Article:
Intellectual despair results in neither weakness nor dreams, but in violence. It is only a matter of knowing how to give vent to one's rage; whether one only wants to wander like madmen around prisons, or whether one wants to overturn them.
Three hundred years ago a prisoner condemned to the Tower of London carved on the wall of his cell this sentiment to keep up his spirits during his long imprisonment: “It is not adversity that kills, but the impatience with which we bear adversity.”
It is true you cannot eat freedom and you cannot power machinery with democracy. But then neither can political prisoners turn on the light in the cells of a dictatorship.
One should respect public opinion insofar as is necessary to avoid starvation and keep out of prison, but anything that goes beyond this is voluntary submission to an unnecessary tyranny.
Wicked deeds are generally done, even with impunity, for the mere desire of occupation.
The only real prison is fear, and the only real freedom is freedom from fear.
The idea that the sole aim of punishment is to prevent crime is obviously grounded upon the theory that crime can be prevented, which is almost as dubious as the notion that poverty can be prevented.
You utter a vow, or forge a signature, and you may find yourself bound for life to a monastery, a woman, or prison.
The worst prison is not of stone. It is of a throbbing heart, outraged by an infamous life.
The uneven impact of actual enforcement measures tends to mirror and reinforce more general patterns of discrimination (along socioeconomic, racial and ethnic, sexual, and perhaps generational lines) within the society. As a consequence, such enforcement (ineffective as it may be in producing conformity) almost certainly reinforces feelings of alienation already prevalent within major segments of the population.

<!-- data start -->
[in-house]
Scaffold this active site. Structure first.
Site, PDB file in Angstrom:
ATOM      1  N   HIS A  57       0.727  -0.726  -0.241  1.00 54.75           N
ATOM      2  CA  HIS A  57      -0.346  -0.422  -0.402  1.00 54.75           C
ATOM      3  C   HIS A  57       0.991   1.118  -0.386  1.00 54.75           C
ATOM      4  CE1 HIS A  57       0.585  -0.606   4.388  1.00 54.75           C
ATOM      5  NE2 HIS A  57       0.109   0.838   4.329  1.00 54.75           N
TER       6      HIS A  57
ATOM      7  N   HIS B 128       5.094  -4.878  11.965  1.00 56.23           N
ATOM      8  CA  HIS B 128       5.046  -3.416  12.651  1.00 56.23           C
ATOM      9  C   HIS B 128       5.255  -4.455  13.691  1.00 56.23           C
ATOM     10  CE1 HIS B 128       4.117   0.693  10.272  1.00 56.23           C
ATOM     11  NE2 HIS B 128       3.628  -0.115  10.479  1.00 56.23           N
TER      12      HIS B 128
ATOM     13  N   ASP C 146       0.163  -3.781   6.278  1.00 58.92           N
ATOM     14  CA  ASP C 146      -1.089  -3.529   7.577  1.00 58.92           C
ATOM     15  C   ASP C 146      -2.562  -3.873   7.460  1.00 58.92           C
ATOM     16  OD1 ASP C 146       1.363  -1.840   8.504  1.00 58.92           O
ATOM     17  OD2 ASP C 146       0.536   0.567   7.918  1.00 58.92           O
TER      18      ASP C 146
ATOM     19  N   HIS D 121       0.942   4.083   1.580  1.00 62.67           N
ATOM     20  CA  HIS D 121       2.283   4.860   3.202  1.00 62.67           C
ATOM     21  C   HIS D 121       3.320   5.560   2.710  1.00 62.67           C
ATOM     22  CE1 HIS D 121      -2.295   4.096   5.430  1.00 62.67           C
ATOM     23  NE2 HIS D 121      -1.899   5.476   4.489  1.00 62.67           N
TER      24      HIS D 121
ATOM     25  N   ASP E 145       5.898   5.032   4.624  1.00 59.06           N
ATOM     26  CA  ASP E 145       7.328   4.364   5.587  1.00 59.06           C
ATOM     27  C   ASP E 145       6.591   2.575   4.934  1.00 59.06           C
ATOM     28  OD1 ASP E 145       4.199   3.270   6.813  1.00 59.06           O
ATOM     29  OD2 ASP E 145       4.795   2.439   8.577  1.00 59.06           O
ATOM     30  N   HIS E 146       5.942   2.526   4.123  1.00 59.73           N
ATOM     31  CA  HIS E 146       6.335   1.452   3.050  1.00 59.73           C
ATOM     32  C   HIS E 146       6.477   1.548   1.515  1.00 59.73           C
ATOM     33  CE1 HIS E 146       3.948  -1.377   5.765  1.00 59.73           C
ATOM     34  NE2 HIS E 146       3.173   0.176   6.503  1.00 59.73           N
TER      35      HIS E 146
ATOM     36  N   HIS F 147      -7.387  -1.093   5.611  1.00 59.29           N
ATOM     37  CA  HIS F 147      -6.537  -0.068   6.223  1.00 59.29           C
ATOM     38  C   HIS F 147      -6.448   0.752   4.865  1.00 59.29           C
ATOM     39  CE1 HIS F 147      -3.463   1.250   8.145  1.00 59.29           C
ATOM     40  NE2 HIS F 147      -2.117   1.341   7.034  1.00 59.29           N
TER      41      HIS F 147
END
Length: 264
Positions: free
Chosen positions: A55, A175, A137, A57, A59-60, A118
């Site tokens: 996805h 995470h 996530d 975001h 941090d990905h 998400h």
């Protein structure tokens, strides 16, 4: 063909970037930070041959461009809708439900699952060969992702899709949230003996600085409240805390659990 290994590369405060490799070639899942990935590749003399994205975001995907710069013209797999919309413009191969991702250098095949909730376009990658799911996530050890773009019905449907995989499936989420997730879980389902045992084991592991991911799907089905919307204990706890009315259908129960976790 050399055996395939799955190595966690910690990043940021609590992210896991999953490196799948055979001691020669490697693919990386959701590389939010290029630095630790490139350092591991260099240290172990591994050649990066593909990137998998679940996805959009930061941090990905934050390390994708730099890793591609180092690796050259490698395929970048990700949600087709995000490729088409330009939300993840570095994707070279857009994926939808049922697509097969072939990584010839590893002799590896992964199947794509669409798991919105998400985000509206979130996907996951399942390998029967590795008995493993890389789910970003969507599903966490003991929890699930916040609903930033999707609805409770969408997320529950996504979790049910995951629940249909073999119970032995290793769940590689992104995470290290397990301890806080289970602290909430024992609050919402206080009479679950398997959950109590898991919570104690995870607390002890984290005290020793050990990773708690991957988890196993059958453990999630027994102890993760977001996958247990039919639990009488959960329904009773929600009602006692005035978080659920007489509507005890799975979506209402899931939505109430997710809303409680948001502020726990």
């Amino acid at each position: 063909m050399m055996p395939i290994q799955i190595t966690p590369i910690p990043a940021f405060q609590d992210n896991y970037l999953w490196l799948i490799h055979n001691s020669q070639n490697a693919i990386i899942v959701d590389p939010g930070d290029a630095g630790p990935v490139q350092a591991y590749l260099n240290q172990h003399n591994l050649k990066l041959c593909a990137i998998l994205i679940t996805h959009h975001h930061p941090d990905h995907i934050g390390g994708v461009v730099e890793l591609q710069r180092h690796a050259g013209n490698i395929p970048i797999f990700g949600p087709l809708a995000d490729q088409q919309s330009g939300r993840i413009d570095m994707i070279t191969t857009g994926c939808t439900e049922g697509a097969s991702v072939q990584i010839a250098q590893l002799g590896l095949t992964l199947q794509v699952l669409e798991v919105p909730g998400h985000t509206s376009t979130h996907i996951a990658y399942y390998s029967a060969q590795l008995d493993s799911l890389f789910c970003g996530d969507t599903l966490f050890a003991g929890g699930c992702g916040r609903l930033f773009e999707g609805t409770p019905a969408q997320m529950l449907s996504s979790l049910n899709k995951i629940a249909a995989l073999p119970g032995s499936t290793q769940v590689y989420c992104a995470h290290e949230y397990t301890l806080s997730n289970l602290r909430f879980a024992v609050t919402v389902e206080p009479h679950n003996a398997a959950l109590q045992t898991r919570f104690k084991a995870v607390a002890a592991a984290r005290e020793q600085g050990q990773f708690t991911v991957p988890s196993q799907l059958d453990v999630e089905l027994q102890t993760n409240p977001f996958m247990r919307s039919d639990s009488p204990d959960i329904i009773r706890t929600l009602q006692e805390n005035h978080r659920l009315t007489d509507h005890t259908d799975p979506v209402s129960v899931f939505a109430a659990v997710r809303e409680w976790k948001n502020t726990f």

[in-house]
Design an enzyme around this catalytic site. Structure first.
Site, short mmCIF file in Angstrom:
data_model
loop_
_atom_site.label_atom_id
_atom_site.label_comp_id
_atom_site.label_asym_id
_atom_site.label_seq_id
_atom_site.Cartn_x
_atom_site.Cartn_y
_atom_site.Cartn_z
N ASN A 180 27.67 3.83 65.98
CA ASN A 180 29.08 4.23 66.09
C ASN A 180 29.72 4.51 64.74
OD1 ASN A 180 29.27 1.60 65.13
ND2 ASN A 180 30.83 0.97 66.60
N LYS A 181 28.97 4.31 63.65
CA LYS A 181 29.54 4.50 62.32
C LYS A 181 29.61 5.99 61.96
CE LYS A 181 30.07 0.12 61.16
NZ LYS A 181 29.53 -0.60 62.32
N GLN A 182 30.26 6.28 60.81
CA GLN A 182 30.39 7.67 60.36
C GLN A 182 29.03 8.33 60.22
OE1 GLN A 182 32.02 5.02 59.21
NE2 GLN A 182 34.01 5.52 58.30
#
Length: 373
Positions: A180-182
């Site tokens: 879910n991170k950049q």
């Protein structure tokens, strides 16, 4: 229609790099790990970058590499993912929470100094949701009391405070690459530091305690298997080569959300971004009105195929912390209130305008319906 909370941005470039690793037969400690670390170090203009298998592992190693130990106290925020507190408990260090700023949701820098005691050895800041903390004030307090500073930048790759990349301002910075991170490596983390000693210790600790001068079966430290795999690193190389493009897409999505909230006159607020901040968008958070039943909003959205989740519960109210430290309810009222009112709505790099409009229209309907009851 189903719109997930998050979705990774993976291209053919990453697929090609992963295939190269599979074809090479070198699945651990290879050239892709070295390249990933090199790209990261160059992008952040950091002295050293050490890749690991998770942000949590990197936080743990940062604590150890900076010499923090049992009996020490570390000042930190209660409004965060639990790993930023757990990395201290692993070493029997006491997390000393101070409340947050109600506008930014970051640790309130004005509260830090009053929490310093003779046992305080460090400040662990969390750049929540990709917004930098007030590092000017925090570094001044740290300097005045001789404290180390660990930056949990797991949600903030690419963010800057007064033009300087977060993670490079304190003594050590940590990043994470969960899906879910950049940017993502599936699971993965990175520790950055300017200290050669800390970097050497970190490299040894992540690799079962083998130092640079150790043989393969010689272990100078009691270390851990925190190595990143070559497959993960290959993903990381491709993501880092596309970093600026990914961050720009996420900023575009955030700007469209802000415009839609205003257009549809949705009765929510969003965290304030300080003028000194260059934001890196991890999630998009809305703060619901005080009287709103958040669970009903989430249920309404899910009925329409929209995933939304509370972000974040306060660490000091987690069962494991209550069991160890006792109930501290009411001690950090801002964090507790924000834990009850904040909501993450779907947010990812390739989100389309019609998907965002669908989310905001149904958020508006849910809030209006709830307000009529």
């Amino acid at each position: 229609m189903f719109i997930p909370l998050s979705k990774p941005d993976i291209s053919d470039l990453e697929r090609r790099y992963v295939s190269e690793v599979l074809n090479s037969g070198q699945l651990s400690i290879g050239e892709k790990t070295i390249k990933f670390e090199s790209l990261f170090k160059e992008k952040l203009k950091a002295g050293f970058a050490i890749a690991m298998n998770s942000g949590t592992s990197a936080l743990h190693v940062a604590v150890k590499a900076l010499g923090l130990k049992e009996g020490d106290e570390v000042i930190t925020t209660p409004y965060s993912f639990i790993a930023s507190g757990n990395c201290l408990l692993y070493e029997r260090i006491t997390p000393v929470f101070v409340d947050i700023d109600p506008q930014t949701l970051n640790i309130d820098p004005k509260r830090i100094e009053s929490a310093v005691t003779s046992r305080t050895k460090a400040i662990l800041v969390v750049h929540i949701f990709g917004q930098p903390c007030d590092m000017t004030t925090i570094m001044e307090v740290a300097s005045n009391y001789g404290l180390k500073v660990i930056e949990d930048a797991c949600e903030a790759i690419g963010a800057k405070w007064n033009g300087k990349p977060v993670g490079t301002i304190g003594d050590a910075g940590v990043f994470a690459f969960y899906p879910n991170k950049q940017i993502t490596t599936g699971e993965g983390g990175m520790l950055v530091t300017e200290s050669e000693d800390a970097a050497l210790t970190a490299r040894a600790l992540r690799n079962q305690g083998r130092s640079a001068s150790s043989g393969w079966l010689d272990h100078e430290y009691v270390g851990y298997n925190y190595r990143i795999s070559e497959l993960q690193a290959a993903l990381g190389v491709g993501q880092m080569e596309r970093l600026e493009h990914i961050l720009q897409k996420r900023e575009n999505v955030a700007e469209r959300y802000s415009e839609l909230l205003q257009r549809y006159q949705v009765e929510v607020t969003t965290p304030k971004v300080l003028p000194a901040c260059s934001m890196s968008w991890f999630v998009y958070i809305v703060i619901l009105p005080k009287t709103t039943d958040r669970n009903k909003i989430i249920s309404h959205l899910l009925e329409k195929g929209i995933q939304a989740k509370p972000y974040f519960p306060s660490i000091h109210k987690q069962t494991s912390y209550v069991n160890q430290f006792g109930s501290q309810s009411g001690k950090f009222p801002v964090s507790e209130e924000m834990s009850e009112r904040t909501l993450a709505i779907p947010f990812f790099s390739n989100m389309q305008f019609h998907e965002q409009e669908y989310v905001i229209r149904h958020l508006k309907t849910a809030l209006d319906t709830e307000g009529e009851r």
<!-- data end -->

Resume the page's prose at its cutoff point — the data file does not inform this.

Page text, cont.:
If punishment reaches not the mind and makes not the will supple, it hardens the offender.
It is better that ten guilty persons escape, than that one innocent suffer.
Overlook our deeds, since you know that crime was absent from our inclination.
America is the land of the second chance – and when the gates of the prison open, the path ahead should lead to a better life.
The public have more interest in the punishment of an injury than he who receives it.
If we were brought to trial for the crimes we have committed against ourselves, few would escape the gallows.
There are dreadful punishments enacted against thieves; but it were much better to make such good provisions, by which every man might be put in a method how to live, and so to be preserved from the fatal necessity of stealing and dying for it.
There is no greater punishment of wickedness that that it is dissatisfied with itself and its deeds.
If we look at Houston, which is a very environmentally toxic place, we find that it has one of the highest levels of young men going to prison and also among the highest levels of illiteracy in the country.